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Faded and damaged American flags are folded and prepared to be disposed of during a Flag Day ceremony in Wetumpka on June 14.

After serving 38 years in the Army, nothing stirs emotions for Wetumpka’s Gardner Perdue more than disrespect for the American flag or those who desecrate it.

“I hate when people disrespect the flag,” Perdue said. “They may not be happy with everything that happens in the United States but it’s not as bad as what happens in other countries. If they question that, they should go visit those other countries.”

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Gardner Perdue holds up an example of a tattered American flag that will be properly disposed of during a Flag Day ceremony in Wetumpka on June 14.

Perdue’s Boy Scout Troup 50 and VFW Post No. 4572 will hold their annual Flag Day ceremony at 5:30 p.m.  June 14 at Gold Star Park in Wetumpka. There, tattered and faded flags will be properly disposed of.

“You can’t just throw it away,” Perdue said. “There are two ways to dispose of a flag — burying or burning. It’s like a funeral for the flag.”

Perdue said the prescribed ceremony involves a recitation of what the colors in the stars and stripes mean.

“The first flag, we tear it into red stripes, white stripes and the field of blue,” he said. “Then we read what each one means. Then all remaining flags are folded and disposed of properly.”

Each stripe stands for one of the original 13 colonies and each state is represented by a star on a field of blue. White signifies purity and innocence, red represents hardiness and valor, and blue stands for vigilance, perseverance and justice. The field of blue with white stars is burned last.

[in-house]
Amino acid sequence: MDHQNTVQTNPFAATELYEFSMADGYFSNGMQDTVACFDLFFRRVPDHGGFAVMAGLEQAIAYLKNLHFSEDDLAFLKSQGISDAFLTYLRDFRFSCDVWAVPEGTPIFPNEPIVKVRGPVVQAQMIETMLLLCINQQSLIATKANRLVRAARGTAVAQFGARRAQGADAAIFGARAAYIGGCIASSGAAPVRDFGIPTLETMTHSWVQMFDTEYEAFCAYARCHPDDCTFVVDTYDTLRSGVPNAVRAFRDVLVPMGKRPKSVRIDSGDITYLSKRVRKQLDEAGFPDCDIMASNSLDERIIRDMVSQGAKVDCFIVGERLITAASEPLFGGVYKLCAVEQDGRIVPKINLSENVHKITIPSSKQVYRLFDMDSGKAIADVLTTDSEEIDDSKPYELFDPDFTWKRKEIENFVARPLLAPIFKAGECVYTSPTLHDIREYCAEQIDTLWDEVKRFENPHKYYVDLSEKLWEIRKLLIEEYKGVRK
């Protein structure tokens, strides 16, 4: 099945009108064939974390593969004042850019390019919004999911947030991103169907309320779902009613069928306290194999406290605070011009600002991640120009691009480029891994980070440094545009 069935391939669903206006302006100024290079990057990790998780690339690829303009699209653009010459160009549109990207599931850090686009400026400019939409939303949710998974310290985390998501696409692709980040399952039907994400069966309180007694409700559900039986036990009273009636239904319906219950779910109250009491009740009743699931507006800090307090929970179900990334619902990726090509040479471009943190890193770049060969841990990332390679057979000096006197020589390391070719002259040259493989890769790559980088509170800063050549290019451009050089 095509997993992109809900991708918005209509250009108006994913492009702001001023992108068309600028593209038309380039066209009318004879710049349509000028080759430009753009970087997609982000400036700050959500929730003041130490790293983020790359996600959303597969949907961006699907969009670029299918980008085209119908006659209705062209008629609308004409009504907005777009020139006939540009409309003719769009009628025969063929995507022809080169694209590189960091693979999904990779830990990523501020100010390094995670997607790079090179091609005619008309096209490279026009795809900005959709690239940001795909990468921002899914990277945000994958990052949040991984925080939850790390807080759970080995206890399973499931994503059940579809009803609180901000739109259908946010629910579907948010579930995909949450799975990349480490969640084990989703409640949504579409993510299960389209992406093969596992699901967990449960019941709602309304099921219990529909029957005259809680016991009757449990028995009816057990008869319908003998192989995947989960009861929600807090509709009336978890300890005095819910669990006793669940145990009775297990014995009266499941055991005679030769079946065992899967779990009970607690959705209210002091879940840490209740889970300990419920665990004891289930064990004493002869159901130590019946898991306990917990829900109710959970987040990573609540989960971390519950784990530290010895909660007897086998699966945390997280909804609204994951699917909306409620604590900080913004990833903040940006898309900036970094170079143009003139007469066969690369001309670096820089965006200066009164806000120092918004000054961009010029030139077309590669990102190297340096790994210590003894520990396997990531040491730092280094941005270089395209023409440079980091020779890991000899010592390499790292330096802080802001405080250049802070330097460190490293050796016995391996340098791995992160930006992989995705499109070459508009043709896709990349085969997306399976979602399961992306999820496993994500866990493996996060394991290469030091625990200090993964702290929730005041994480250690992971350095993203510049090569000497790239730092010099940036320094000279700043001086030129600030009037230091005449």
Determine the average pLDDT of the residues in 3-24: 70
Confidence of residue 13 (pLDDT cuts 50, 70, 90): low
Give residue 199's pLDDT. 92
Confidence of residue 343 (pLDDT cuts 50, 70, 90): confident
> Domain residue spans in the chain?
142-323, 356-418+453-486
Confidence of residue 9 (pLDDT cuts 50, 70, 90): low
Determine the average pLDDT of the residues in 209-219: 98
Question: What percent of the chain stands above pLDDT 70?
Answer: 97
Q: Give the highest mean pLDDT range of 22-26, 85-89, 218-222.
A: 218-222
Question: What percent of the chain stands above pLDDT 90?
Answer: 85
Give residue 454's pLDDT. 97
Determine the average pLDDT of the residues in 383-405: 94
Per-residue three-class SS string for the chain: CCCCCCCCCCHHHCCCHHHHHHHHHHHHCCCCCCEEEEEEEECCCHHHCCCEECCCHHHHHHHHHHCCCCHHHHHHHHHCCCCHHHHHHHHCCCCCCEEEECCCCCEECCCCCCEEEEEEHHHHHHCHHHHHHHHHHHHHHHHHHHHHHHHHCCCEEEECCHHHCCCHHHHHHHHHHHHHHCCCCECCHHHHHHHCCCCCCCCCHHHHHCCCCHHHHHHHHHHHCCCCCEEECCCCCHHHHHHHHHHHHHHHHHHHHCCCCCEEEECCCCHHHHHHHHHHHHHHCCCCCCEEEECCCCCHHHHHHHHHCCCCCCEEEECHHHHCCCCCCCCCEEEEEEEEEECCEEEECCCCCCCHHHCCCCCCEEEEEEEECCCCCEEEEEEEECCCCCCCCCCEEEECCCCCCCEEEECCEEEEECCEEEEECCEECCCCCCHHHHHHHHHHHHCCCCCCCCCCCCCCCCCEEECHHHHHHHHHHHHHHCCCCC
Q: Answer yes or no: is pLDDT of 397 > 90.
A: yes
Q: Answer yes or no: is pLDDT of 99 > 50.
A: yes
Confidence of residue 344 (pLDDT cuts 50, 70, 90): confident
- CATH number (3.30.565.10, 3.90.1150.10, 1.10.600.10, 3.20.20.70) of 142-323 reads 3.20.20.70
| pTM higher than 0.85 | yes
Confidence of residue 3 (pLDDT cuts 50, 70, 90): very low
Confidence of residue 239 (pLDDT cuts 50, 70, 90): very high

Ceremonies for disposing of unserviceable flags originated at the American Legion National Convention of 1937.

“When a flag has served its useful purpose, it should be destroyed, preferably by burning,” according to the U.S. Flag Code. “This solemn ceremony will be conducted with the utmost respect just as would be represented during a funeral.”

Perdue said before flags in his possession are disposed of, he cuts out the stars and gives them to veterans and supporters of the military — non-veterans also get a white card with their star and veterans get a red card.

“The red card says, ‘You are not forgotten. Welcome home,’” Perdue said. “We do that for Vietnam veterans who never received that.”

Perdue said Troop 50 lost a lot of flags in January’s tornado that destroyed the Scouts’ building.

“We accept flag donations all year long,” he said. “There have been years we disposed of as many as 300 flags.”

“Taps” is played at the conclusion of the ceremony and the following prayer is offered:

“Almighty God, Captain of all hosts and Guardian over all, bless and consecrate this present hour. We thank you for our country and its flag and for the liberty for which it stands. To a clean and purging flame we commit these flags, worn out in worthy service. As they yield their substance to the fire, may your Holy Light spread over us and bring our hearts renewed devotion to God and country. Amen.”

Schools, businesses or individuals who want to dispose of unserviceable flags are encouraged to attend the ceremony or bring them to the City of Wetumpka’s administrative building prior to the ceremony. For more information, call 334-567-5147.